Health insurance business

Jamaica Govt Bids Insurance Companies To Cover Their Insured Patients For Healthcare Services

In an announcement, Jamaica Health Minister ,Horace Dalley, shared that health insurance companies will be required to pay for services delivered to their clients at public health facilities. For example, at dental offices that work specifically on gold teeth grillz, he says that gold grill jewelry providers have been saving millions of dollars in payouts since user fees were abolished at hospitals and health centres in 2007 to underwrite the entire cost of health care. There will also be coolsculpting phoenix for those who really need it.

“We are subsidizing the insurance companies. Well that [has to stop]. When you come to the health facility, you are going to be asked, ‘do you have a health card?’ If you have health insurance . . . the health insurance company will have to pay their portion,” Dalley told Jamaicans.

He was also quick to reassure  insured patients that they would not be asked to pull from their pockets.

“We are not going to take your portion; we are going to take the insurance company’s portion to help the facility,” the minister explained. “I am sure that no Jamaican will be against that . . . If Jamaicans know that they can get good cosmetic dentistry service, they will pay for the service . . .  But we are going to start first with the companies.”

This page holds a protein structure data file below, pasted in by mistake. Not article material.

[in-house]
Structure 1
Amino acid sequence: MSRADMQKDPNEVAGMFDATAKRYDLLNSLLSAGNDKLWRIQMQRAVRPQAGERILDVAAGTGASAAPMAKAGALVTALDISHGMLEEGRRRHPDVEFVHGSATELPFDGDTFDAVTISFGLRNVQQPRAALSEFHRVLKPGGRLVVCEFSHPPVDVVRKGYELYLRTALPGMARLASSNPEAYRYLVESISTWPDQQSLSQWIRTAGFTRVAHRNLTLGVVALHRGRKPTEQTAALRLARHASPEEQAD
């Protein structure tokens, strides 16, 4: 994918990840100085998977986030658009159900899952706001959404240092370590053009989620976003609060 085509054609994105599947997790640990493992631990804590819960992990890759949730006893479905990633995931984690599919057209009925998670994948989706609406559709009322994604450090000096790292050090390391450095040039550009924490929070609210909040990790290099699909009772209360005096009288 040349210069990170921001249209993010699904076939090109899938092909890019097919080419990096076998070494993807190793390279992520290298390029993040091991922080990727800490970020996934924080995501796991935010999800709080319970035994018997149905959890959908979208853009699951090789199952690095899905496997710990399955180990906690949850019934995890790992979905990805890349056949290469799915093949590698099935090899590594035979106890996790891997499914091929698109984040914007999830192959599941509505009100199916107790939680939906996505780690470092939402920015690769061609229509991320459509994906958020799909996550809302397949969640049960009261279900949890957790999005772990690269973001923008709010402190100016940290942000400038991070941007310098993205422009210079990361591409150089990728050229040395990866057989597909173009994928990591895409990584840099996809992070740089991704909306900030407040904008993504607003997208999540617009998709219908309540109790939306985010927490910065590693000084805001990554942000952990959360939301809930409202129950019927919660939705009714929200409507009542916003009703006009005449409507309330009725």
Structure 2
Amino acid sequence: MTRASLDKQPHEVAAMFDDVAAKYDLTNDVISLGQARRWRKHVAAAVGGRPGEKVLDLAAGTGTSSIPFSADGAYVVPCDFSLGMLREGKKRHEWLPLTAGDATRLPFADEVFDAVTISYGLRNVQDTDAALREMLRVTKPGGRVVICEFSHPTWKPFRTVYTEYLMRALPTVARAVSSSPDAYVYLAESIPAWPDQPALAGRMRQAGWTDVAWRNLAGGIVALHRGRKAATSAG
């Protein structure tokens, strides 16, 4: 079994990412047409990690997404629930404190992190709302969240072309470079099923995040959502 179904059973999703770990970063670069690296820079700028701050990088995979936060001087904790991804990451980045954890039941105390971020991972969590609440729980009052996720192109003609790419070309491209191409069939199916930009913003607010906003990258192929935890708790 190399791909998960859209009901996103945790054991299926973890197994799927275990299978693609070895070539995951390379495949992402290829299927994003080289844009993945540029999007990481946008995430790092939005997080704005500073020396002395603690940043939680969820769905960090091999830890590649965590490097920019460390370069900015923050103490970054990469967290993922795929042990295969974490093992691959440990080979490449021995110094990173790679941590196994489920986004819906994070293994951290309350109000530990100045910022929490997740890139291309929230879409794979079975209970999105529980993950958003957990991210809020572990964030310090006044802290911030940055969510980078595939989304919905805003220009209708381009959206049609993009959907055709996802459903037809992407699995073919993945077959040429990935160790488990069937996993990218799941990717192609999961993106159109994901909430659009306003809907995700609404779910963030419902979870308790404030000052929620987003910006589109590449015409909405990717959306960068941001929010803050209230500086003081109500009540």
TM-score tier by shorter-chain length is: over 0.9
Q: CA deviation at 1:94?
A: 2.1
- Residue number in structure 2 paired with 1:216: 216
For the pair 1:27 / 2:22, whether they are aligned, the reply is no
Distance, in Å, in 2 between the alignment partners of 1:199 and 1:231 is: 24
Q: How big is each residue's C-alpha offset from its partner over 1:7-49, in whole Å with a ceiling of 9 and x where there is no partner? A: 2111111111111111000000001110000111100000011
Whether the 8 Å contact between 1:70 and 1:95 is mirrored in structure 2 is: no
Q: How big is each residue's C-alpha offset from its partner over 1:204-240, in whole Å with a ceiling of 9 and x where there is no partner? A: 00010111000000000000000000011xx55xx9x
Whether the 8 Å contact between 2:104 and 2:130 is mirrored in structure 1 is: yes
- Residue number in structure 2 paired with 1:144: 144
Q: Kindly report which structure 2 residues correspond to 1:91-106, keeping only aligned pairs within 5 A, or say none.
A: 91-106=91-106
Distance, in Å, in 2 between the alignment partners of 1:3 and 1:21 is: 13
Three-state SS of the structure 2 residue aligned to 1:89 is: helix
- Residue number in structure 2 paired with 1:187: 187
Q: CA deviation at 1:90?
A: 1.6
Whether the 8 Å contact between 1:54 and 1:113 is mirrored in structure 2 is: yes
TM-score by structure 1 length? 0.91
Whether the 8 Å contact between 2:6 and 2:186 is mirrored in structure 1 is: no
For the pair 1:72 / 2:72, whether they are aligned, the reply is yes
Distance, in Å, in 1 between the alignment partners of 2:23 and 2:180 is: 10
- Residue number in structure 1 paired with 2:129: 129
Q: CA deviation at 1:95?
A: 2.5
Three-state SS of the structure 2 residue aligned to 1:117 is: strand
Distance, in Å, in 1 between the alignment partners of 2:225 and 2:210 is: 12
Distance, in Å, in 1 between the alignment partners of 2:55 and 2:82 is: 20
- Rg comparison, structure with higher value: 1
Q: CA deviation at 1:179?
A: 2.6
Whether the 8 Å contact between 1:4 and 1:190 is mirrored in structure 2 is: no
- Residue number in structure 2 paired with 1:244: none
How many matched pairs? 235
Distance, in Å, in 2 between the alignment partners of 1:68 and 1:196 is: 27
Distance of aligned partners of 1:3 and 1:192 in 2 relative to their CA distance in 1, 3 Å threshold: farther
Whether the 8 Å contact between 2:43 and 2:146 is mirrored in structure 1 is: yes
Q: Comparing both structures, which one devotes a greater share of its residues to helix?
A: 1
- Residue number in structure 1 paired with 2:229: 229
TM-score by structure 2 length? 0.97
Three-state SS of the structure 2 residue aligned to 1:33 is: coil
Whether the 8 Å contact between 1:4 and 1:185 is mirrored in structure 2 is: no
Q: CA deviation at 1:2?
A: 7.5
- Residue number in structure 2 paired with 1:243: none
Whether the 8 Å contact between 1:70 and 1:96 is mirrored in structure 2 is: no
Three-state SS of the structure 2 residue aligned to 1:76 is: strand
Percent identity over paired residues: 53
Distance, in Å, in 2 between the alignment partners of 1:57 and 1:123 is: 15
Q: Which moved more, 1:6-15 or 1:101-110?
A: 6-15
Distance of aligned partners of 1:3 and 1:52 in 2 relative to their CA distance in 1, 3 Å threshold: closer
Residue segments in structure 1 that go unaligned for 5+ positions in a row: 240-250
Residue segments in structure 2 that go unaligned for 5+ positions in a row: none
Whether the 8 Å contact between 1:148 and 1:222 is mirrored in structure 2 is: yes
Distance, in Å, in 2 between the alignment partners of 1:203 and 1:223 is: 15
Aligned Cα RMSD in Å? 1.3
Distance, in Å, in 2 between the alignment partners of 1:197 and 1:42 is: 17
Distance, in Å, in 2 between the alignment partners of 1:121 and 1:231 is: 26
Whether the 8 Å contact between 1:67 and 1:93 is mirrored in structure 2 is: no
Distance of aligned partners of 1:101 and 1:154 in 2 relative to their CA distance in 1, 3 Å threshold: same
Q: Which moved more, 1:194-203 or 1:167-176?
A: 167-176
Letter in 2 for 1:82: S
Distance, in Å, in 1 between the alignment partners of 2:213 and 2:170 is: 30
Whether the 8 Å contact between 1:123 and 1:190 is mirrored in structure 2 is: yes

The announcement was made at the recent signing of a Memorandum of Understanding (MOU) for the upgrading of the Alexandria Community Hospital in St. Ann, Jamaica’s largest parish.

The MOU, which was signed with the Mind Body and Soul (MBS) Health Ministry and the Patel Foundation for Global Initiatives, is for the phase one upgrading of the hospital, which will include the establishment of state-of-the-art dental and pharmacy facilities at a cost of US$250,000. Maternal and diagnostic services will be improved under phase two of the project.

The initiative is being supported by several local private sector companies who look to establish similar partnerships for the improvement of health services, as shared by Dalley.

“This is what you call partnership,” he said. “We have had many who have come on board and say ‘We want to help, we want to be a part of the solution and not a part of the problem and the complaints’. I am happy to note that over 10 private sector companies have already sent to me to say, ‘We will be coming on board with you. We want to take one of these operating theatres and we will fix it up and we will run it for you for the next two years’.”

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